Pastoral prudence versus faith
Some in the Church advocate “resistance” to the false magisterium and that is necessary for true holy obedience to the authentic magisterium. What form does this resistance take and what are its parameters? Often answers to these thorny questions in the past seemed unclear or inadequate but we had to try even if we made mistakes in good faith. I would like to address an issue wrestled with by priests who have not yet anesthetized their consciences to it.
Unfortunately it seems that there have been many basically orthodox priests that have not resisted as they should have out of fear for their “job security.” That fear was justified but where is our faith? Do we believe that if we seek first the kingdom, that God will feed and clothe us as the birds of the air and the lilies of the field?How can we teach others to trust in the Father if we falter? We have the recent heroic example of many doctors and nurses who were viciously persecuted during the deadly COVID scam. If we haven’t set an example perhaps we could follow their example?
For decades conscientious priests have questioned the prudence of being thrown out of ministry. Is not half a loaf better than none? In other words, is not some priestly ministry better than being thrown out by the infiltrators or their hireling collaborators and being forced to try to find a secular job and have little or no ministry? I had a lay person complain to me about us priests not standing up to the bad leadership in the Church. I agreed that it is a serious problem but I asked if that person was prepared to see good priests removed and a sycophant brought in with his “church of nice” homilies? One who carefully avoids preaching on all the raging moral battles in society? Or addressing them in such a weak way that does not disturb cafeteria “Catholics” in grave need of repenting? To begin to address that quandary I would ask if with that posture of compromise are we not just preparing ourselves to join the “patriotic church” of China? Oh, how much damage is done incrementally! How much damage is done with unjust compromises? Our Lady of Akita on October 13, 1973 warned:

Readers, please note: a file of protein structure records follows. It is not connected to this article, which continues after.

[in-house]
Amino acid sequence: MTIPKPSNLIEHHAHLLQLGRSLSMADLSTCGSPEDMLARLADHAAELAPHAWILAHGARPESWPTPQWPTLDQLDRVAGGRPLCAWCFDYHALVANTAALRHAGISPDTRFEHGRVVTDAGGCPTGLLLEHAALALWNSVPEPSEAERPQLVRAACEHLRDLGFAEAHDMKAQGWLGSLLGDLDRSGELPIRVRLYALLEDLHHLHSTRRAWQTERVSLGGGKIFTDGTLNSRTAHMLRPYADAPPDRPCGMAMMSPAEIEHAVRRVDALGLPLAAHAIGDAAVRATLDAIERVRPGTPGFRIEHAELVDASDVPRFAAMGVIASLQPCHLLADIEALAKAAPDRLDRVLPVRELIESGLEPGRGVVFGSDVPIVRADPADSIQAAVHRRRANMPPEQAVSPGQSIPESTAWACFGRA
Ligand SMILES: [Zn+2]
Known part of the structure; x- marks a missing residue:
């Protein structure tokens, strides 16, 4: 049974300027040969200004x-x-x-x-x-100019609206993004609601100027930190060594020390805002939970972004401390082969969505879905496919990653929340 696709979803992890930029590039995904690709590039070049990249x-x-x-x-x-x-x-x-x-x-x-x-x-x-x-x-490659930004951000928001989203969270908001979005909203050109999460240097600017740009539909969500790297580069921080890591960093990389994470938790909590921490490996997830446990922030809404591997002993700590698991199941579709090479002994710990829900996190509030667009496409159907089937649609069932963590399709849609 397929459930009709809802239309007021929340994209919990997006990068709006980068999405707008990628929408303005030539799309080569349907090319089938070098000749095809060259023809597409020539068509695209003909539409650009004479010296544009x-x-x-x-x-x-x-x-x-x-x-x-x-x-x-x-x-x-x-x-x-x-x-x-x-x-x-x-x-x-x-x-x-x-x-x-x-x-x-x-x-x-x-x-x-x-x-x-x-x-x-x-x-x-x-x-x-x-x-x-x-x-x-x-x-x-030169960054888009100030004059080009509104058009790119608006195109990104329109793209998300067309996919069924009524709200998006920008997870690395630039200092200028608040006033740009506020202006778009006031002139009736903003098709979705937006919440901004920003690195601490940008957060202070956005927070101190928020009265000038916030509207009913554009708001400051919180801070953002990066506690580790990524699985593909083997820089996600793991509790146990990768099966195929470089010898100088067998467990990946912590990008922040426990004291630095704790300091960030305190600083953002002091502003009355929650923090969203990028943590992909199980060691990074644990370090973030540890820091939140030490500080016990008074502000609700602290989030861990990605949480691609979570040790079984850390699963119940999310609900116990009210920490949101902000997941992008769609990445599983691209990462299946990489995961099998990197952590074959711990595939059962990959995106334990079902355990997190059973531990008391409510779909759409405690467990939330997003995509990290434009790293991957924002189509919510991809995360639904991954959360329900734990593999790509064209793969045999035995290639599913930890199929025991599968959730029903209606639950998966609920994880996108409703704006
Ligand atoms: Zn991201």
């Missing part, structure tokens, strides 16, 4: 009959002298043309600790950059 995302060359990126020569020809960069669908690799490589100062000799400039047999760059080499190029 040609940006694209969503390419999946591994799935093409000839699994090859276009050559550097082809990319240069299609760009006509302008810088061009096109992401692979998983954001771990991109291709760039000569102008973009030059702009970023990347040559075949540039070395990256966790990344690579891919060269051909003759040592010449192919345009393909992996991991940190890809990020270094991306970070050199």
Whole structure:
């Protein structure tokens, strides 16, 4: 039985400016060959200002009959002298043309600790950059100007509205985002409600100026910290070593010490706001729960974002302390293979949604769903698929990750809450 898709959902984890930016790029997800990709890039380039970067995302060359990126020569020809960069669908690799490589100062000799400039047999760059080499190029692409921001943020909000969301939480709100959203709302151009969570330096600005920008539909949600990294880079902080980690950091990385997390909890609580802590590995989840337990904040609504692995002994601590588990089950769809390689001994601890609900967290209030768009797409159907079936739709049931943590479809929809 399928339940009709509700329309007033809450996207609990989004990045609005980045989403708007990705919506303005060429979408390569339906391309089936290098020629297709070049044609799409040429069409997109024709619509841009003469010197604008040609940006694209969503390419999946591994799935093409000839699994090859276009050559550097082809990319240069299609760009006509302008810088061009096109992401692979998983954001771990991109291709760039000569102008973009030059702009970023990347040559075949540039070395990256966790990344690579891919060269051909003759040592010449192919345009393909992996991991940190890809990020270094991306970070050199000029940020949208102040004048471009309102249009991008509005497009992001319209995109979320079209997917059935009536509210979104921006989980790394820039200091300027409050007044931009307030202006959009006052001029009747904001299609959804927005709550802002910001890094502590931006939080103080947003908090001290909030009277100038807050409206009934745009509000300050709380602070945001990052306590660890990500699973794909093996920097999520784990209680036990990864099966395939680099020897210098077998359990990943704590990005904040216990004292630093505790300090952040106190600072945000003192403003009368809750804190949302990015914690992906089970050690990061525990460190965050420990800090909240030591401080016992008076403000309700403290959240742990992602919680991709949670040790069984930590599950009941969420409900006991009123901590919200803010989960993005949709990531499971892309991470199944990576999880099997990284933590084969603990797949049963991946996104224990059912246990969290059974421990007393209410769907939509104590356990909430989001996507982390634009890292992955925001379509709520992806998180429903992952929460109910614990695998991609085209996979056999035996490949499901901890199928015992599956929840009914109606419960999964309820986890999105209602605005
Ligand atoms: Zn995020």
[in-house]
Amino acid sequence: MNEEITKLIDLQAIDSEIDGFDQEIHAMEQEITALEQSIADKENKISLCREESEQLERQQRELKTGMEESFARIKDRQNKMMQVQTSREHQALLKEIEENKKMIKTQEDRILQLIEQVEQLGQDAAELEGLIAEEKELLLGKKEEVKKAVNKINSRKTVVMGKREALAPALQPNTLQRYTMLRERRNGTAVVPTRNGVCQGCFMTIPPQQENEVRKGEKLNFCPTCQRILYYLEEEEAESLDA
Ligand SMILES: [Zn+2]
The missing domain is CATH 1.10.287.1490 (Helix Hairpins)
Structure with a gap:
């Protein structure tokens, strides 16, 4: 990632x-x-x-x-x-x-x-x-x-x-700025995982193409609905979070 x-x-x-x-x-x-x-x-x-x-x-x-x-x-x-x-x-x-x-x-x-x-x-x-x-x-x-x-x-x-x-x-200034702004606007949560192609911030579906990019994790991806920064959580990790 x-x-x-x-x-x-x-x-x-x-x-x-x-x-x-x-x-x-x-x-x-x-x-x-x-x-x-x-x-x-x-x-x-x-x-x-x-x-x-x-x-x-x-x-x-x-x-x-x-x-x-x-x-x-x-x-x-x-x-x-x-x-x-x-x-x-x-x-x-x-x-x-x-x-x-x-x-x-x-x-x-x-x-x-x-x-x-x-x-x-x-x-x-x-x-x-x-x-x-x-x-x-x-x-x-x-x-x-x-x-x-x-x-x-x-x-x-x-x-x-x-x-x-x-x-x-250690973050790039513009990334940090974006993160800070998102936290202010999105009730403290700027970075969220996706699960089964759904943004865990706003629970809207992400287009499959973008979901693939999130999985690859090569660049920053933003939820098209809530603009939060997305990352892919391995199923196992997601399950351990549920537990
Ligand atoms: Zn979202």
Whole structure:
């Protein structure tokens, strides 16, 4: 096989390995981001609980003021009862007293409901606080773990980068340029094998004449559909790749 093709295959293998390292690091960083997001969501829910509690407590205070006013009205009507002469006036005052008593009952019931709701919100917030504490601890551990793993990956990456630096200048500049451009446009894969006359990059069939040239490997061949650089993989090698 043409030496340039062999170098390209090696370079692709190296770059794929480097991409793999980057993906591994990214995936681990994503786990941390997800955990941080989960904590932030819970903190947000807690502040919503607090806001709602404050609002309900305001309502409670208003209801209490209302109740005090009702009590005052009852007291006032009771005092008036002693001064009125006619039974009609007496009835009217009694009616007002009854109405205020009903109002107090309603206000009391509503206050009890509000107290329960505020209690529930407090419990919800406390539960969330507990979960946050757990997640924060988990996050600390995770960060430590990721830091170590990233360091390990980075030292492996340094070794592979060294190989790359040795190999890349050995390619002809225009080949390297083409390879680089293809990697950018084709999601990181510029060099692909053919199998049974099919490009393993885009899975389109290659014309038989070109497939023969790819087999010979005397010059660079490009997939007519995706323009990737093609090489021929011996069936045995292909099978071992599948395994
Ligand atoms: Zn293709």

The work of the devil will infiltrate even into the Church in such a way that one will see cardinals opposing cardinals, bishops against other bishops. The priests who venerate me will be scorned and opposed by their confreres … churches and altars sacked; the Church will be full of those who accept compromises and the demon will press many priests and consecrated souls to leave the service of the Lord.
There has been some wisdom in not being dismissed by a true lack of prudence that unnecessarily provokes bishops of weak faith, poor quality or worse. There has been some wisdom in not letting the seminary gatekeepers screen you out like Michael Rose’s 2002 book Goodbye, Good Men recounts. Nevertheless, there exists the profound problem of seminarians and later, the same men as priests, keeping a posture of hiding the truth that prevents us from courageously confronting the evil of the gatekeepers. Over time we may be thoroughly conditioning ourselves like Pavlovian dogs to hide and continue to hide the truth that we say we believe. That formed mindset is quite corrosive to our own faith and piety. We are conditioned to hide as seminarians. We hide as a good little assistant pastor and don’t make waves with an eye to being promoted to pastor some day when we will have the freedom to do more good. Then when promoted to pastor we keep compromising to avoid demotion due to controversy. We also forget that we have set precedents that will be thrown back in our face if we “change course.” Long ago when I was first made pastor I sought advice from the bishop’s right hand man (Vicar General). He warned me, “Watch setting a precedent, they will hang you with it.” We convince ourselves we are doing the best we can under the circumstances. But, are we? There is also some serious discernment as to whether a lack of faith and perhaps excessive fear are lurking behind these “prudential judgments.” What would have happened if more priests and bishops had refused cooperation (servile, non-virtuous, obedience) with the pernicious “spirit of Vatican II” early on? Would it not have been much easier to “nip these things in the bud?”